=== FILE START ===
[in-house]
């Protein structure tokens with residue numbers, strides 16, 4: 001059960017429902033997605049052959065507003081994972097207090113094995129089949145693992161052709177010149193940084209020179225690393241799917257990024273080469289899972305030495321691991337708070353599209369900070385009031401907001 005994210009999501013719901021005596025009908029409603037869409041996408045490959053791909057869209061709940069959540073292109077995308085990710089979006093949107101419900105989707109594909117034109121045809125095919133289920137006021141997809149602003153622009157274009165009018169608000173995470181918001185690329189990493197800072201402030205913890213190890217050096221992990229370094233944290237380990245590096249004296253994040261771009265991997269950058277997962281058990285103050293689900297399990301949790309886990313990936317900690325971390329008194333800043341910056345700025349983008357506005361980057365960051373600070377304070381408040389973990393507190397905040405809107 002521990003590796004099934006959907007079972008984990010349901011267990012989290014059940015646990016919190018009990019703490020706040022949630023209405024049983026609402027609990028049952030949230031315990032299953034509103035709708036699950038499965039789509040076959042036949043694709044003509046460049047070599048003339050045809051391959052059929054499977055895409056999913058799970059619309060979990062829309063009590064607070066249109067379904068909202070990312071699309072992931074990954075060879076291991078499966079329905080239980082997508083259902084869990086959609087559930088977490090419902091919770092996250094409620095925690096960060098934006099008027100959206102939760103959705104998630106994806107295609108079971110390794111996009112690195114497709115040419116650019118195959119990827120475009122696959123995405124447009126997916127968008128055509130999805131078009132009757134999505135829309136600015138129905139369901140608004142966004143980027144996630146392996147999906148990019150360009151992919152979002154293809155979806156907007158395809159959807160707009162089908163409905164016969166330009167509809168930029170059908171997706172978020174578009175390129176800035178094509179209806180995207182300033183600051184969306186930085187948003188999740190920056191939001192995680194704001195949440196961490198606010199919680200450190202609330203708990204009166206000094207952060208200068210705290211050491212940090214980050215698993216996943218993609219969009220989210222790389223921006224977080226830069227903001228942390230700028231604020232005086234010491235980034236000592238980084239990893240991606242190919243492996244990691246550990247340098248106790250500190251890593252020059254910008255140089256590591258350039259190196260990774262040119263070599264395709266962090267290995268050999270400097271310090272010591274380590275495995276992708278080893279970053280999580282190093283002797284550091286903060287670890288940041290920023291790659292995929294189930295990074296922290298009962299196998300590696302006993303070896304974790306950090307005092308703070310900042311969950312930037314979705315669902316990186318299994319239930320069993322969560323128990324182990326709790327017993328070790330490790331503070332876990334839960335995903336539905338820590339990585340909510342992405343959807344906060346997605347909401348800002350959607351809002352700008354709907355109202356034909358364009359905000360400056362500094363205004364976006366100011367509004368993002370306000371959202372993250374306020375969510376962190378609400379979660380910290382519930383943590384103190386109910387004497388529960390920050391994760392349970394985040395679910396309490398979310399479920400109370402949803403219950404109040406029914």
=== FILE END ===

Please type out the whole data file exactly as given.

[in-house]
């Protein structure tokens with residue numbers, strides 16, 4: 001059960017429902033997605049052959065507003081994972097207090113094995129089949145693992161052709177010149193940084209020179225690393241799917257990024273080469289899972305030495321691991337708070353599209369900070385009031401907001 005994210009999501013719901021005596025009908029409603037869409041996408045490959053791909057869209061709940069959540073292109077995308085990710089979006093949107101419900105989707109594909117034109121045809125095919133289920137006021141997809149602003153622009157274009165009018169608000173995470181918001185690329189990493197800072201402030205913890213190890217050096221992990229370094233944290237380990245590096249004296253994040261771009265991997269950058277997962281058990285103050293689900297399990301949790309886990313990936317900690325971390329008194333800043341910056345700025349983008357506005361980057365960051373600070377304070381408040389973990393507190397905040405809107 002521990003590796004099934006959907007079972008984990010349901011267990012989290014059940015646990016919190018009990019703490020706040022949630023209405024049983026609402027609990028049952030949230031315990032299953034509103035709708036699950038499965039789509040076959042036949043694709044003509046460049047070599048003339050045809051391959052059929054499977055895409056999913058799970059619309060979990062829309063009590064607070066249109067379904068909202070990312071699309072992931074990954075060879076291991078499966079329905080239980082997508083259902084869990086959609087559930088977490090419902091919770092996250094409620095925690096960060098934006099008027100959206102939760103959705104998630106994806107295609108079971110390794111996009112690195114497709115040419116650019118195959119990827120475009122696959123995405124447009126997916127968008128055509130999805131078009132009757134999505135829309136600015138129905139369901140608004142966004143980027144996630146392996147999906148990019150360009151992919152979002154293809155979806156907007158395809159959807160707009162089908163409905164016969166330009167509809168930029170059908171997706172978020174578009175390129176800035178094509179209806180995207182300033183600051184969306186930085187948003188999740190920056191939001192995680194704001195949440196961490198606010199919680200450190202609330203708990204009166206000094207952060208200068210705290211050491212940090214980050215698993216996943218993609219969009220989210222790389223921006224977080226830069227903001228942390230700028231604020232005086234010491235980034236000592238980084239990893240991606242190919243492996244990691246550990247340098248106790250500190251890593252020059254910008255140089256590591258350039259190196260990774262040119263070599264395709266962090267290995268050999270400097271310090272010591274380590275495995276992708278080893279970053280999580282190093283002797284550091286903060287670890288940041290920023291790659292995929294189930295990074296922290298009962299196998300590696302006993303070896304974790306950090307005092308703070310900042311969950312930037314979705315669902316990186318299994319239930320069993322969560323128990324182990326709790327017993328070790330490790331503070332876990334839960335995903336539905338820590339990585340909510342992405343959807344906060346997605347909401348800002350959607351809002352700008354709907355109202356034909358364009359905000360400056362500094363205004364976006366100011367509004368993002370306000371959202372993250374306020375969510376962190378609400379979660380910290382519930383943590384103190386109910387004497388529960390920050391994760392349970394985040395679910396309490398979310399479920400109370402949803403219950404109040406029914």